Asian markets mostly rose Friday, with investors treading carefully as China-US trade talks ended with no deal but with both sides sounding notes of optimism and setting up more high-level meetings later this month.
After the much-anticipated gathering, Donald Trump hailed "tremendous progress" between the world's top two economies but warned the "hard deadline" of March 1 remained in place, after which US tariffs on billions of dollars of Chinese goods will be imposed.
For its part, Beijing said they held "candid, specific and fruitful" discussions and had agreed to increase cooperation on intellectual property — a major source of White House anger with China — and boost imports of US goods.
Trump's top two economic officials will visit Beijing later this month, after which he said he will meet his counterpart Xi Jinping to hammer out the final deal.
While the negotiations ended with no agreement, Jeffrey Halley, senior market analyst at OANDA, said: "For the markets, which are clearly in 'risk-on' mood, it was a case of no news is good news."
However, an early surge across the region petered out to leave markets mixed.
Tokyo ended 0.1 per cent higher and Hong Kong was marginally lower, while Shanghai jumped 1.3 per cent as traders welcomed news that authorities had relaxed certain rules to make investing easier.
Sydney and Singapore were both flat and Seoul dipped 0.1 per cent, though Manila, Mumbai, Bangkok and Jakarta were all up.
In early trade, London rose 0.3 per cent, while Frankfurt and Paris each added 0.2 per cent.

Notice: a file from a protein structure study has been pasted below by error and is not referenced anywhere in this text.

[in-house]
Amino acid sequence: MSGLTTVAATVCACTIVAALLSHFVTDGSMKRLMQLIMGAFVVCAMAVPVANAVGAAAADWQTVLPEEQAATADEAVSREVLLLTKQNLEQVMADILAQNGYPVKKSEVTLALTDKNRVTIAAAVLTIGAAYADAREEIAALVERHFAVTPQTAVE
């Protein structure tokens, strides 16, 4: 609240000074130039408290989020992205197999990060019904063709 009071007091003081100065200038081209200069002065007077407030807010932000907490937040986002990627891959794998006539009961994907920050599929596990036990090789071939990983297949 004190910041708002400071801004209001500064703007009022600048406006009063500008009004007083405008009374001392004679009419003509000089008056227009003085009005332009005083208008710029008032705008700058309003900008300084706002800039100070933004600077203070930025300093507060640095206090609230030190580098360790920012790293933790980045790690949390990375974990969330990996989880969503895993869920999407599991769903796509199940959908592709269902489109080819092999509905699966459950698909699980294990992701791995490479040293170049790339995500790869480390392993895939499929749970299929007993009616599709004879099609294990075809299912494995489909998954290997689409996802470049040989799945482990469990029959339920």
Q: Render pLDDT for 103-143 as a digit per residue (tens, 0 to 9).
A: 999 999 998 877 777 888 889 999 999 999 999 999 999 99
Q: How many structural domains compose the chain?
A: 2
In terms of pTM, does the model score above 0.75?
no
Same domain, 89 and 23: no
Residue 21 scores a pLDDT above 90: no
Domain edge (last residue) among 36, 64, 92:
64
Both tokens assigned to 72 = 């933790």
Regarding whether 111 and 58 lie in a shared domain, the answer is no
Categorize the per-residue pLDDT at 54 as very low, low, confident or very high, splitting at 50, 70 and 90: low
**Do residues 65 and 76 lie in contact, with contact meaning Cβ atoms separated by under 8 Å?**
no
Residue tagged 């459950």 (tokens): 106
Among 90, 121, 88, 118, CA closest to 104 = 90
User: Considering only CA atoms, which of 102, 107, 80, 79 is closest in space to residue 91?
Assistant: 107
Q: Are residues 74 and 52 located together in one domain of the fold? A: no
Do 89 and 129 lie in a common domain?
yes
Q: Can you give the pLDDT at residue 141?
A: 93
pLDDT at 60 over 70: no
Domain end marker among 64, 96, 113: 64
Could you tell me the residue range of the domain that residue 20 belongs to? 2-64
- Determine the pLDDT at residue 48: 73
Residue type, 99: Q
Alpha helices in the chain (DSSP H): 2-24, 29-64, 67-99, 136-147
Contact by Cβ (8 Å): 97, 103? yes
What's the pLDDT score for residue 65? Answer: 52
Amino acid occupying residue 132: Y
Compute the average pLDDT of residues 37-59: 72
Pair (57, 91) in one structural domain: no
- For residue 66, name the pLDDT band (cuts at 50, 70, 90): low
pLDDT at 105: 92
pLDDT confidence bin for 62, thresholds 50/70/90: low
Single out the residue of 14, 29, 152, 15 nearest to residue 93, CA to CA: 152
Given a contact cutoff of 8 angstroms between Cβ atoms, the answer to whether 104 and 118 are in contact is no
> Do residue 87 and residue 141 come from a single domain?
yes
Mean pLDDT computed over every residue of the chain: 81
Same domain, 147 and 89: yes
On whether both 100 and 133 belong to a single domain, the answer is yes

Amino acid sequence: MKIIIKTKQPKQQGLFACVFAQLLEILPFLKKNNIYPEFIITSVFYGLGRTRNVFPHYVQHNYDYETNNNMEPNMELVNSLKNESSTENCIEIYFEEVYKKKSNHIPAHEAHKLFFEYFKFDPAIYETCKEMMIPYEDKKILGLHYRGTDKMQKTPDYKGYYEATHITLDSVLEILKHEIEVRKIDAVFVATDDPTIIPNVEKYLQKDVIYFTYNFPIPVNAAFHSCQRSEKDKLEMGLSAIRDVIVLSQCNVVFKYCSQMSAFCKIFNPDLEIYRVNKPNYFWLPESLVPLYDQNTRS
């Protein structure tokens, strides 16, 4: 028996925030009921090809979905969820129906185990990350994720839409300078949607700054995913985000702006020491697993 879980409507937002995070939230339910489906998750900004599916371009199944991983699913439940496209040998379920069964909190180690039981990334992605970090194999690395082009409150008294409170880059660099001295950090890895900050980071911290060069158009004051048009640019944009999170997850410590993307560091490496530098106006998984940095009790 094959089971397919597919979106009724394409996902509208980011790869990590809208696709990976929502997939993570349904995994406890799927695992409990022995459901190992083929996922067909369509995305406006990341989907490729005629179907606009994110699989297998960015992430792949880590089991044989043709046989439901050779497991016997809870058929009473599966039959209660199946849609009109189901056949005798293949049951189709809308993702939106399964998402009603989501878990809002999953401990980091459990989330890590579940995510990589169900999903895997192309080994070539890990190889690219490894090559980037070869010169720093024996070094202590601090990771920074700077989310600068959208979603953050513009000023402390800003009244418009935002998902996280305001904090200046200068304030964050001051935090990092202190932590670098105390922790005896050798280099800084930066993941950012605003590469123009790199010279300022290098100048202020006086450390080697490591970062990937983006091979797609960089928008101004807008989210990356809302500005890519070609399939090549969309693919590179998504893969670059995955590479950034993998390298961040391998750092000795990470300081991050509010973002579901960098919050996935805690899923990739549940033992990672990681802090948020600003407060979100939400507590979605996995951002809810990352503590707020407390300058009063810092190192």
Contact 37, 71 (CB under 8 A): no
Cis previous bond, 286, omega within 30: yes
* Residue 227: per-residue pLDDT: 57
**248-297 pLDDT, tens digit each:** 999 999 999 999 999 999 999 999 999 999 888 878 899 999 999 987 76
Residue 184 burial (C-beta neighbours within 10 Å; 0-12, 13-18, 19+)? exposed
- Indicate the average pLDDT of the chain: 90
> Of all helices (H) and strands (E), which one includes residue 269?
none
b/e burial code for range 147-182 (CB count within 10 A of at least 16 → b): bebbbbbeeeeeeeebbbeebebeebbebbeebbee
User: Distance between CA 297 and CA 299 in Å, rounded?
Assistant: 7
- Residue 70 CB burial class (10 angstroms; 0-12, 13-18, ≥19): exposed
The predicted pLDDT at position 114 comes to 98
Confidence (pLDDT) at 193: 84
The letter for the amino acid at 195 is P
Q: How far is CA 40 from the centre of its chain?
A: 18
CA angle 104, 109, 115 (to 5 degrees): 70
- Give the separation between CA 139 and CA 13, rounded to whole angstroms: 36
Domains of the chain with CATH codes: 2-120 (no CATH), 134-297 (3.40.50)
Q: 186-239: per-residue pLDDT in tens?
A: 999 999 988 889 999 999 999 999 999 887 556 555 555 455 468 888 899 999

"The statement certainly signals progress, but at best-limited progress on the core long-term structural issues that separate the two sides," Eswar Prasad, a trade policy professor at Cornell University, told Bloomberg News.
"The statement ends with a not-so-veiled threat that China will need to offer more substantive concessions to enable a deal that would take further tariffs off the table."
The tepid movement in markets also comes after an impressive month that saw Hong Kong pile on more than eight per cent and Tokyo more than four per cent, a much-needed bounce after December's hammering.
Next on the agenda is the release of US jobs data later Friday, which comes days after the Federal Reserve fueled a rally by signalling a slowdown in its pace of interest rate hikes this year.
The non-farm payrolls figures will be closely watched for an idea about the state of the world's number-one economy, with the Fed having warned of a global slowdown.
Donald Trump hailed 'tremendous progress' between the world's top two economies but warned the 'hard deadline' of March 1 remained in place, after which US tariffs on billions of dollars of Chinese goods will be imposed.